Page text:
Social Justice

  • Posted on: 20 May 2018
  • By: Chris Strevel

The call for social justice is a golden opportunity for the church to bear witness to God’s sovereignty over the nations and the mediatorial kingship of his Son. Justice is a personal issue for Christians, for we tremble before God’s righteousness and bow before Christ’s cross. Satisfied justice is the heart of our faith; righteous lives are the fruit of our faith and love.

            The golden opportunity requires us to define justice correctly and to renounce most of the dangerous and unjust views of justice that are publicly advocated. When men reject or ignore God’s law, they lack any legitimate standard to identify justice, any motivation to uphold their subjective definitions of justice, or any justification for denouncing injustice. It is a blatant contradiction to howl bitterly against God and Scripture but then also scream for justice. Before you burn down the world, two questions must be answered: By what standard? Whose justice? Unless these questions can be answered, social justice is nothing but what your particular mob wants at the moment.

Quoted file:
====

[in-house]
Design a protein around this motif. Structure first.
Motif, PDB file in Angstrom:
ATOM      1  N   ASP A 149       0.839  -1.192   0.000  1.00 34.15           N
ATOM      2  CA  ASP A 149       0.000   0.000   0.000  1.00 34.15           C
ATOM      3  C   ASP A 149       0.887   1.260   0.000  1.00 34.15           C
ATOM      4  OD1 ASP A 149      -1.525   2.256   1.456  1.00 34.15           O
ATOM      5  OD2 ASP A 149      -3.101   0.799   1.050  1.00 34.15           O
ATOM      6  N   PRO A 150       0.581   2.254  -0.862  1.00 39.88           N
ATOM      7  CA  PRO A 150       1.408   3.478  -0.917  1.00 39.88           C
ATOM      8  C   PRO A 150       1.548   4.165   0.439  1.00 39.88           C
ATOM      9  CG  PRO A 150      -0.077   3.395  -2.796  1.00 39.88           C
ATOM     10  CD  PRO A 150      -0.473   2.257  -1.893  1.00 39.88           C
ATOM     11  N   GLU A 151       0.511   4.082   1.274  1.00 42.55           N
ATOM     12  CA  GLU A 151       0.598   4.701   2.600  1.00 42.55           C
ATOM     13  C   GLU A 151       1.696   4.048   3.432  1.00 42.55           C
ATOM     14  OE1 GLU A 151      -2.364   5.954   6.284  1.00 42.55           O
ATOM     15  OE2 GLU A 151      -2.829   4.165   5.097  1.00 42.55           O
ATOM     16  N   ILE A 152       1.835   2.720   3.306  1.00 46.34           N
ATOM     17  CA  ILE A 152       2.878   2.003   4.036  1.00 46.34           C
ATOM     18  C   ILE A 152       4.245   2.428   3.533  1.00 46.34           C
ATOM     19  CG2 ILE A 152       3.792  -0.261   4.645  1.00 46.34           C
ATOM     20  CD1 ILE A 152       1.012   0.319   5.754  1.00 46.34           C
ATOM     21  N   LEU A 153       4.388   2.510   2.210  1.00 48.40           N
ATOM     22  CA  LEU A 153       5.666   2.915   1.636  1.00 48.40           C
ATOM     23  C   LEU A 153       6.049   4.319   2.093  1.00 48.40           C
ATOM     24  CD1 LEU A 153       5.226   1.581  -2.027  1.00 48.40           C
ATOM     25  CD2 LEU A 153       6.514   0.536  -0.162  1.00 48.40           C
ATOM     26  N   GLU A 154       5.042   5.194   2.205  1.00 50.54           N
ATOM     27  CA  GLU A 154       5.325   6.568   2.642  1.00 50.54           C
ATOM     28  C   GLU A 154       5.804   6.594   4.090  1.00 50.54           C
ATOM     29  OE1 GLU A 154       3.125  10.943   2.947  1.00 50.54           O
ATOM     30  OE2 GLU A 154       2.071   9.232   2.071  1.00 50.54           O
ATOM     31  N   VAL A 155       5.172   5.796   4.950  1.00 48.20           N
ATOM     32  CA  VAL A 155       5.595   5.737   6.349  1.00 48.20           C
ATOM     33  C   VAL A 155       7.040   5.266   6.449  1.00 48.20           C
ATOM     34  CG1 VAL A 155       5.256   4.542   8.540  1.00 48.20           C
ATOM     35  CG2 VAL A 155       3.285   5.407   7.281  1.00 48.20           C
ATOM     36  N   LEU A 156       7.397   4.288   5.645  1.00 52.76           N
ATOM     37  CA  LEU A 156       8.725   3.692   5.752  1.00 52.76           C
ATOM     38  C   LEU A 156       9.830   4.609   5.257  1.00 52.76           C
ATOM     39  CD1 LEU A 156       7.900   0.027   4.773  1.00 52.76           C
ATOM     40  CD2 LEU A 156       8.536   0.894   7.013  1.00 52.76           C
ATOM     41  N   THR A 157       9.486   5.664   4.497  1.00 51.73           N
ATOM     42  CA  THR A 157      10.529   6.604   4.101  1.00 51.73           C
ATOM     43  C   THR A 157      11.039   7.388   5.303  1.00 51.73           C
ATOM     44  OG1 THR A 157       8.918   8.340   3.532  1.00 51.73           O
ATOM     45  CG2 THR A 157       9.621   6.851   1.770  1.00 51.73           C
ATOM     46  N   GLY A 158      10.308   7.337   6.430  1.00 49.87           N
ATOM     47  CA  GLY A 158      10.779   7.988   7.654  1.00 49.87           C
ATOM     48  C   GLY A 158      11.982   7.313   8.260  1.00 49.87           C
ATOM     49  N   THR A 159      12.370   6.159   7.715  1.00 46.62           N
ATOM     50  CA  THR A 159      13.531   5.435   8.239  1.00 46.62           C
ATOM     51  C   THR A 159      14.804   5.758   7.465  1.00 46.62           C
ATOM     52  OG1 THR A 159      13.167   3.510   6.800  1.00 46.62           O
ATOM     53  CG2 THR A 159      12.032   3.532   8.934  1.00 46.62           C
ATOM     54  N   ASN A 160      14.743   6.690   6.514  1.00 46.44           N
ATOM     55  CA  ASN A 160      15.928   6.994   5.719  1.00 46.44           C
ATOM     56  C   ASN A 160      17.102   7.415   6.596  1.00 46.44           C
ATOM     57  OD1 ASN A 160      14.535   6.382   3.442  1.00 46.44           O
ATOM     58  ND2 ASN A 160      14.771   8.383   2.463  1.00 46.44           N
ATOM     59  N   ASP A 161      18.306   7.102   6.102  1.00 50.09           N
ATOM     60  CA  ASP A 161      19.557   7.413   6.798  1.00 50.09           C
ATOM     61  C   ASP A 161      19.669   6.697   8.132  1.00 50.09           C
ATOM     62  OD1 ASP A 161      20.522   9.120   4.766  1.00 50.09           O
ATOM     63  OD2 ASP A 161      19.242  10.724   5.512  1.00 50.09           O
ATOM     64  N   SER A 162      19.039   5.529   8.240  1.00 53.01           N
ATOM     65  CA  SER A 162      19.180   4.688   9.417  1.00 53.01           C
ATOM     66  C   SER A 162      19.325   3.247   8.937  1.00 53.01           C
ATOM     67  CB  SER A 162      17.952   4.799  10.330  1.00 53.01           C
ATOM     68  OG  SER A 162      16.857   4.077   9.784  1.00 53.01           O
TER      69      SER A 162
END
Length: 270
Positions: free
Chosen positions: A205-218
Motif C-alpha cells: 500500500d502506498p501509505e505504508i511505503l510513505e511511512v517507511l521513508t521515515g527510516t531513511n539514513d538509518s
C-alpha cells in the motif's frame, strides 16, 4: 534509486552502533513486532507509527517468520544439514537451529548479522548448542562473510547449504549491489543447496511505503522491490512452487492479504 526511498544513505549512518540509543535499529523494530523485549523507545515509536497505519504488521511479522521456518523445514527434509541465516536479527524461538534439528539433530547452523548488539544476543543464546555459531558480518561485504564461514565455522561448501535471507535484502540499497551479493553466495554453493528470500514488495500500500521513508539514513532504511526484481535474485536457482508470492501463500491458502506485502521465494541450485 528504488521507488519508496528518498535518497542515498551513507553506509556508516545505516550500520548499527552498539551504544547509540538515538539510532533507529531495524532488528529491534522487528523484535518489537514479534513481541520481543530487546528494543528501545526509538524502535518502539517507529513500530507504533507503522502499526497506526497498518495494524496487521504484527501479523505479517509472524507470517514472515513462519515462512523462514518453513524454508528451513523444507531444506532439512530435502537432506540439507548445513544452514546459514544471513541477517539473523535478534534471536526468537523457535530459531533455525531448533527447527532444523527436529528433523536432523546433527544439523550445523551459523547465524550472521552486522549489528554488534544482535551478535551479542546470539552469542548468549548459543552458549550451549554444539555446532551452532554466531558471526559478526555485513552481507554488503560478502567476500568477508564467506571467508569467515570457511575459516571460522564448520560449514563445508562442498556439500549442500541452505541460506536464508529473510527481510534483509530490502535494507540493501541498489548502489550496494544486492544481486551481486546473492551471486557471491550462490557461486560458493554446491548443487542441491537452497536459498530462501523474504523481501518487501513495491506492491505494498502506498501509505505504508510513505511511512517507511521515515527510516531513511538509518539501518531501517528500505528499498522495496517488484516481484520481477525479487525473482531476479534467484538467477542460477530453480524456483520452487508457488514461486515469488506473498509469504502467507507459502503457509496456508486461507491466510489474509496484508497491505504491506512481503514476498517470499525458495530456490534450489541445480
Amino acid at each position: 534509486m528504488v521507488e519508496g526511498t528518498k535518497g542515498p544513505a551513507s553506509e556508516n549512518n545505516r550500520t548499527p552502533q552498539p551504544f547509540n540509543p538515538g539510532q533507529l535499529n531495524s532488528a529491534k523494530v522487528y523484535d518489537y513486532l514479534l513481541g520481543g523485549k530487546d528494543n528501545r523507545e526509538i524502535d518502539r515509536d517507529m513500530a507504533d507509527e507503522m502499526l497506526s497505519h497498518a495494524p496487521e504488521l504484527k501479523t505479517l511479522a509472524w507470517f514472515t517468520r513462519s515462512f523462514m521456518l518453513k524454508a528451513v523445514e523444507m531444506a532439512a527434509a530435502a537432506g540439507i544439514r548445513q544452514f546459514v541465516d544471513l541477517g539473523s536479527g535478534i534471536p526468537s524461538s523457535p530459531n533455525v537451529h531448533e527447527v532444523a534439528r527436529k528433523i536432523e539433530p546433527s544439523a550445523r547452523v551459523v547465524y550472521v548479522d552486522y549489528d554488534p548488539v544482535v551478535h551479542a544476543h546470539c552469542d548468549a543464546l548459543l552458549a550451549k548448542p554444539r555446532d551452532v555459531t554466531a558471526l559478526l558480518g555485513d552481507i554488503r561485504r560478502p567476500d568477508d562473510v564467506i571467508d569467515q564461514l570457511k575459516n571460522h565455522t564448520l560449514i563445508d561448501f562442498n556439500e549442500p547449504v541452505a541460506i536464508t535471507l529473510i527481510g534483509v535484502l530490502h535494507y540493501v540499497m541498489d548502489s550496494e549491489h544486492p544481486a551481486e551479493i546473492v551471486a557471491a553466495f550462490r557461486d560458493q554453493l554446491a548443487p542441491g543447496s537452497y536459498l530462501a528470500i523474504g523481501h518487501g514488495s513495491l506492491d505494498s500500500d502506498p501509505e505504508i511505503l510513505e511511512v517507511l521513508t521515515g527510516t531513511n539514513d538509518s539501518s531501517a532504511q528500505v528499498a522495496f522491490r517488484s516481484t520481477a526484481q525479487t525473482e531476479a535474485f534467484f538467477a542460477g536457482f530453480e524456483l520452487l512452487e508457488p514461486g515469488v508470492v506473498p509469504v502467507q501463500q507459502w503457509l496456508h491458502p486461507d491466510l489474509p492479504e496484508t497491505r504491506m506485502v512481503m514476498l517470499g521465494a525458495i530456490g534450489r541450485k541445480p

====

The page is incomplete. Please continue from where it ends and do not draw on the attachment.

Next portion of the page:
Since justice has no foundation apart from submission to God, it has degenerated into “accept my personal decisions and pay for them.” Justice means that when we scream, you jump. If we do not want to hear your side, then you lose free speech. If I am poor, a minority, gender confused, or had slaves in my ancestry, then my demands are automatically just and deserve a hearing. But that is the dilemma of justice without God, without a standard, with only your feelings and pains and whims guiding you. It is simply your opinion, not justice. This is the very definition of power-politics. Whoever can obtain and retain social power, by whatever means, demands and enforces his wishes and takes other people’s money. This is the law of the jungle. It is social Darwinism marching in the streets.